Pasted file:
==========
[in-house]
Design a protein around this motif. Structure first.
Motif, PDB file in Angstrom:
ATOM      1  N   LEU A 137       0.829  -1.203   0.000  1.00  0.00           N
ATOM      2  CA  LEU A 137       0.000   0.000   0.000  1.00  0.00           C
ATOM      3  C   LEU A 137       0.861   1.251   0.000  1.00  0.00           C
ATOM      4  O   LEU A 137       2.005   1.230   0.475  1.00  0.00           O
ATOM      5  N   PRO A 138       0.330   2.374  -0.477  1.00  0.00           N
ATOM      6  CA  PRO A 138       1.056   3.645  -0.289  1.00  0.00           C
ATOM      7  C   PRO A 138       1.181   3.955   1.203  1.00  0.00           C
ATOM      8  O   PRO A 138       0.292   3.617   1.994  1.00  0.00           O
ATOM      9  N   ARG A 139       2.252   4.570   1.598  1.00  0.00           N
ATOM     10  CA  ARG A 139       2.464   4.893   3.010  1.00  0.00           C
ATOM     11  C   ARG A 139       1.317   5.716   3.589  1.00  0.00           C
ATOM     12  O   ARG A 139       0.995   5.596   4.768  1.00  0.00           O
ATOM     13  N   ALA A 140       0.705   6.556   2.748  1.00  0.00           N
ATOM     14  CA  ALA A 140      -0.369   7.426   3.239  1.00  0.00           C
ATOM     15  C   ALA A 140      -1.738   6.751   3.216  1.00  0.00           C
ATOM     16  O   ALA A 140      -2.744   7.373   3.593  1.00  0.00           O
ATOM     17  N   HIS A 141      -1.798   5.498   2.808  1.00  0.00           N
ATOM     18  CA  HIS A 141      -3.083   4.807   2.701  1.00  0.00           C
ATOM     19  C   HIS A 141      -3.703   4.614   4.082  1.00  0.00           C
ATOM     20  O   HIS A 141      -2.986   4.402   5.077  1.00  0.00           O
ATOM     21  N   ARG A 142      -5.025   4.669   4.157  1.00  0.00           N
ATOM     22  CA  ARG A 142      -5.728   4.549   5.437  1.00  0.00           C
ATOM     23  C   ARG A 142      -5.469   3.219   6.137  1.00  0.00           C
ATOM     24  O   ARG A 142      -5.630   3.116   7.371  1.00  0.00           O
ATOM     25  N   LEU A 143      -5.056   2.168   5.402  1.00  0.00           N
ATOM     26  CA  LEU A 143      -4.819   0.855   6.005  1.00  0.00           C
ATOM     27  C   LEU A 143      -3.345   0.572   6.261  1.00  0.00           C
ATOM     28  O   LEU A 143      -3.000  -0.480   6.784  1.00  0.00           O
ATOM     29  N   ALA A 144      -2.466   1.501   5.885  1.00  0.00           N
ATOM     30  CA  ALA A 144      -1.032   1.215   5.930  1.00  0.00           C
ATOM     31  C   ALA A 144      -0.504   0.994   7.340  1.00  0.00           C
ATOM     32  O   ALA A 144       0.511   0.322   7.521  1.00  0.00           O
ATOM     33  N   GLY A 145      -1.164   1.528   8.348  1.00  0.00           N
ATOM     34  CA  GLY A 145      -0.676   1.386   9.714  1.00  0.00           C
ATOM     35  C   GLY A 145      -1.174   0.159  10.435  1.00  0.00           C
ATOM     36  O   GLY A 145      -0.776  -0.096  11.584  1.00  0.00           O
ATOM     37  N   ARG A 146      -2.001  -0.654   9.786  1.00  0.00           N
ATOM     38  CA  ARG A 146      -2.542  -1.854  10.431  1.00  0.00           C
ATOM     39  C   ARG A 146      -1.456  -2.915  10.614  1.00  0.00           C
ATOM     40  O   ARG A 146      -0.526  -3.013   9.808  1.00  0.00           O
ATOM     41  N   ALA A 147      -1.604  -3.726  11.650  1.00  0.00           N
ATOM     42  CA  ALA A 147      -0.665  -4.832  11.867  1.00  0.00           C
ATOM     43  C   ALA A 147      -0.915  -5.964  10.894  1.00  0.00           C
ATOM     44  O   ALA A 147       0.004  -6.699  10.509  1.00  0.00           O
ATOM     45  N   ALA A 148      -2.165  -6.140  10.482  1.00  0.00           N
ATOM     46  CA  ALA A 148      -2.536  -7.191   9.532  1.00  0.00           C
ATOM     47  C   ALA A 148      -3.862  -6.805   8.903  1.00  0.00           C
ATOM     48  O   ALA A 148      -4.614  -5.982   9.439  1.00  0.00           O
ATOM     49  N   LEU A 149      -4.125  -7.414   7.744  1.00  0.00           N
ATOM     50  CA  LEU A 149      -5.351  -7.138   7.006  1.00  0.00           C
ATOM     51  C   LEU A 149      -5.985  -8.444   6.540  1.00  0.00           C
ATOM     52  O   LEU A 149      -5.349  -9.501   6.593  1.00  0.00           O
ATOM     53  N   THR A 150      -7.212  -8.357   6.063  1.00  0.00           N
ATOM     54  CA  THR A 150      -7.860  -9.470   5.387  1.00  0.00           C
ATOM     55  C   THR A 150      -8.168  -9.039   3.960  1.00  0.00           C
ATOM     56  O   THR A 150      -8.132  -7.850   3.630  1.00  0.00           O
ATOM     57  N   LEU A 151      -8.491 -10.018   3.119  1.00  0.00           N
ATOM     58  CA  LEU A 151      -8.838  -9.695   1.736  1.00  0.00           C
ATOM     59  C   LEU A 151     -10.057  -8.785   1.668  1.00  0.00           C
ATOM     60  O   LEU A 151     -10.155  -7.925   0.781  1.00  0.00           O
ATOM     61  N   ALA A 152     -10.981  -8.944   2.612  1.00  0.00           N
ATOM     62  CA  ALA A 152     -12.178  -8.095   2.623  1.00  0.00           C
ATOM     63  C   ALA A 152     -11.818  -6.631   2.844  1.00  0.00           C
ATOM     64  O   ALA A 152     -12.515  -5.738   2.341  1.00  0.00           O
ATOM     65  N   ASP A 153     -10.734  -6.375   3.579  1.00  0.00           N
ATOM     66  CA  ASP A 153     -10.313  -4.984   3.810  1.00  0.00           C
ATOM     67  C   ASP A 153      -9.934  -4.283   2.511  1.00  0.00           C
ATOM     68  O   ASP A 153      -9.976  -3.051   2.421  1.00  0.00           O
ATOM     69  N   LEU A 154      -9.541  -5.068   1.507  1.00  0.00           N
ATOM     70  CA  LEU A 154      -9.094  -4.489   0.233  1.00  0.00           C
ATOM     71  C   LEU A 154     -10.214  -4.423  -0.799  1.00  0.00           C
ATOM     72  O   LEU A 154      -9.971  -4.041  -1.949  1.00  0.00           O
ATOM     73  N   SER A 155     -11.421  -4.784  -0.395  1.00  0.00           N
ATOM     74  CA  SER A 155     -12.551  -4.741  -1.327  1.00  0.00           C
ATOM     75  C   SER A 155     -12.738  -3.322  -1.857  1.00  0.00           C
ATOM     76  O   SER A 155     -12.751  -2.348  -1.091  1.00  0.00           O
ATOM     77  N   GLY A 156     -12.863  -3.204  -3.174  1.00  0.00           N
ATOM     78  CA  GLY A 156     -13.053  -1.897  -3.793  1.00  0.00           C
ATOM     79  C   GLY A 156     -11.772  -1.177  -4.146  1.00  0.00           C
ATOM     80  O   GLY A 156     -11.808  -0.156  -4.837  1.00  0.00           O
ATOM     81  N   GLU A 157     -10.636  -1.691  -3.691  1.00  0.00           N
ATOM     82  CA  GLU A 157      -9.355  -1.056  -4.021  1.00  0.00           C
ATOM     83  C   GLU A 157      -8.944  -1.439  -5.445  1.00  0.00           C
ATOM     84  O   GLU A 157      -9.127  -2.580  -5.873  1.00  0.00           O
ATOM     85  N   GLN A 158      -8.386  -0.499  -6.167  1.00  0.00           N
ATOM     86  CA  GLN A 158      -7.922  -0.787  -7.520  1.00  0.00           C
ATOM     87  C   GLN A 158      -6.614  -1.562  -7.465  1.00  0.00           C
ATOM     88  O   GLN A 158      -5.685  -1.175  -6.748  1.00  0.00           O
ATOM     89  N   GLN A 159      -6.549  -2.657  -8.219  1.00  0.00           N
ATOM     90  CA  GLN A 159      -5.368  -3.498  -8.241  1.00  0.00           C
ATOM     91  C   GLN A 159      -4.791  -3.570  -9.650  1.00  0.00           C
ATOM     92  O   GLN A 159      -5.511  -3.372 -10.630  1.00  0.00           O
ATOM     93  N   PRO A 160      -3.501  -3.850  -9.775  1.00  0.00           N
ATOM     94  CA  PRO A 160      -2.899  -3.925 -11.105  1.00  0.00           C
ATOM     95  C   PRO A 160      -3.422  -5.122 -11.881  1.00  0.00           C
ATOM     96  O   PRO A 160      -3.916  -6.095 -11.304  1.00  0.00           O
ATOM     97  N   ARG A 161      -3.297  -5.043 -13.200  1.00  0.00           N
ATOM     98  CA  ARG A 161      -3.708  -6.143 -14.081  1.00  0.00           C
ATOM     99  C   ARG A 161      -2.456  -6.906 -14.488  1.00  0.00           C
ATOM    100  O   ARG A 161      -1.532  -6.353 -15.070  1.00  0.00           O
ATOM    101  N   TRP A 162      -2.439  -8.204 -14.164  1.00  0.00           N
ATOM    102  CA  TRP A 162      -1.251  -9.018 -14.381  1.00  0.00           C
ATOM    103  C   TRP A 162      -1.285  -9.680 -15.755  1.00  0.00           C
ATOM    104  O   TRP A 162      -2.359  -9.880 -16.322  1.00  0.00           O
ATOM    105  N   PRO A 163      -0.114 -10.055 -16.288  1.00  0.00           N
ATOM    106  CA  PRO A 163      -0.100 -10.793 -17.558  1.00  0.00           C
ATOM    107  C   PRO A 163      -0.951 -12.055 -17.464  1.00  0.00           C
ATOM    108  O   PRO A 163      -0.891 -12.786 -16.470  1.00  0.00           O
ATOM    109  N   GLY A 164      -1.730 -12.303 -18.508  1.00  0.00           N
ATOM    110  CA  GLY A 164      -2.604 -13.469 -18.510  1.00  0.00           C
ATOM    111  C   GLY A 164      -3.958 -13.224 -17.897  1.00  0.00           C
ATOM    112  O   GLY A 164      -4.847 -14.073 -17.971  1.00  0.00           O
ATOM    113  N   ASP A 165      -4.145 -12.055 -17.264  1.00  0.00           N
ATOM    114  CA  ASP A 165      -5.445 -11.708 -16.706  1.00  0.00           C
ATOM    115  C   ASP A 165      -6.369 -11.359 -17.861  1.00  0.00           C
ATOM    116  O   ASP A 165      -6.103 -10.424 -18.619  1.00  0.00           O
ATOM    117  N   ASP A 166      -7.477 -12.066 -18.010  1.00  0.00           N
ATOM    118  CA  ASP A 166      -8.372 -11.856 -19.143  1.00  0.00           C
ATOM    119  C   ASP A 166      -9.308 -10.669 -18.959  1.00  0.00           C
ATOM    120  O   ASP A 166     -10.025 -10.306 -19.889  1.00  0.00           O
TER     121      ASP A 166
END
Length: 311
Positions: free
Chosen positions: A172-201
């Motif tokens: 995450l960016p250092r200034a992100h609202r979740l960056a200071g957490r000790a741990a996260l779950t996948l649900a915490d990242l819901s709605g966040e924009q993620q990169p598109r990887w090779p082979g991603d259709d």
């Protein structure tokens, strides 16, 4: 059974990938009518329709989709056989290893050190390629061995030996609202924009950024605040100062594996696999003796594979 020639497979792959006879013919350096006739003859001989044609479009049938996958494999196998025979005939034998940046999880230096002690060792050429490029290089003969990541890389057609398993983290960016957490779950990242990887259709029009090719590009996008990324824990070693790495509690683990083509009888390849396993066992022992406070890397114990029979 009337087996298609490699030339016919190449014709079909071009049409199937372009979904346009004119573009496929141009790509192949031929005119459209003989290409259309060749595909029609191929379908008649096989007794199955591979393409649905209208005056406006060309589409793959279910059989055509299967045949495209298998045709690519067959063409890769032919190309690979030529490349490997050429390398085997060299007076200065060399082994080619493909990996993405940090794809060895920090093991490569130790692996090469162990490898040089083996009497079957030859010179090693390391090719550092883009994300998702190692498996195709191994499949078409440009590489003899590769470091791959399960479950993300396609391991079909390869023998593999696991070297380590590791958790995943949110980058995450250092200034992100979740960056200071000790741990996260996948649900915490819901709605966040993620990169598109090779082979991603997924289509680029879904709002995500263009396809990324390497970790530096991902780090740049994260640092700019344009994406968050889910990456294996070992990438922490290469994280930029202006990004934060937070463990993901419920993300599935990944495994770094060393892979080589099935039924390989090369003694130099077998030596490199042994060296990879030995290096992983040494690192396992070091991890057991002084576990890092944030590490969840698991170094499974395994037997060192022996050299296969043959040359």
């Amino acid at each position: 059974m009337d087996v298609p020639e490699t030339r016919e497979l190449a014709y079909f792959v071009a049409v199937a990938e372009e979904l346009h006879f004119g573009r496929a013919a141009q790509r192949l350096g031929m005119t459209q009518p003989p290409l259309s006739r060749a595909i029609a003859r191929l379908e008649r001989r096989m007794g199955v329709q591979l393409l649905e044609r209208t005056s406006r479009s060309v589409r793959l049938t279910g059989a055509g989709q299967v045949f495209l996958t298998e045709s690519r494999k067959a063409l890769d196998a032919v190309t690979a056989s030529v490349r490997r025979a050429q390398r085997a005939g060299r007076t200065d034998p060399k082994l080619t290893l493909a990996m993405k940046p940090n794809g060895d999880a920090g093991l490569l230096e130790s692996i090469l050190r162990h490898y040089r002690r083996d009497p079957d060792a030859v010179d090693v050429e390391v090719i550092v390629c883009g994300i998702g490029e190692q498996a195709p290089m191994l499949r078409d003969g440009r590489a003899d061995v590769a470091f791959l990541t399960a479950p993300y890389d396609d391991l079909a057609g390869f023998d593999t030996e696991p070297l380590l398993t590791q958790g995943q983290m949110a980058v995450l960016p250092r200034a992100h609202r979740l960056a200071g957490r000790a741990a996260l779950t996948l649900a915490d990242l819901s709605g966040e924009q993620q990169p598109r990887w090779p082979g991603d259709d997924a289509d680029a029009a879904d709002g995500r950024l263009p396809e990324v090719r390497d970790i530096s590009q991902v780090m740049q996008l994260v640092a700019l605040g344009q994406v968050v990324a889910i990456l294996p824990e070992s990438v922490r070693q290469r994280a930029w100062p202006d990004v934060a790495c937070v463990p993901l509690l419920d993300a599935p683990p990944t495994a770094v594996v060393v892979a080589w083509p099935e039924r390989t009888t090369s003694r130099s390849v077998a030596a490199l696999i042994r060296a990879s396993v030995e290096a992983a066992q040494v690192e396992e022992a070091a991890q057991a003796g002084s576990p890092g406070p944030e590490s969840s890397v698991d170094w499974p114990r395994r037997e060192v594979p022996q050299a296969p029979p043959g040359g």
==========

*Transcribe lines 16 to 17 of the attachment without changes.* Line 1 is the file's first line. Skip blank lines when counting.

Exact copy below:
ATOM     13  N   ALA A 140       0.705   6.556   2.748  1.00  0.00           N
ATOM     14  CA  ALA A 140      -0.369   7.426   3.239  1.00  0.00           C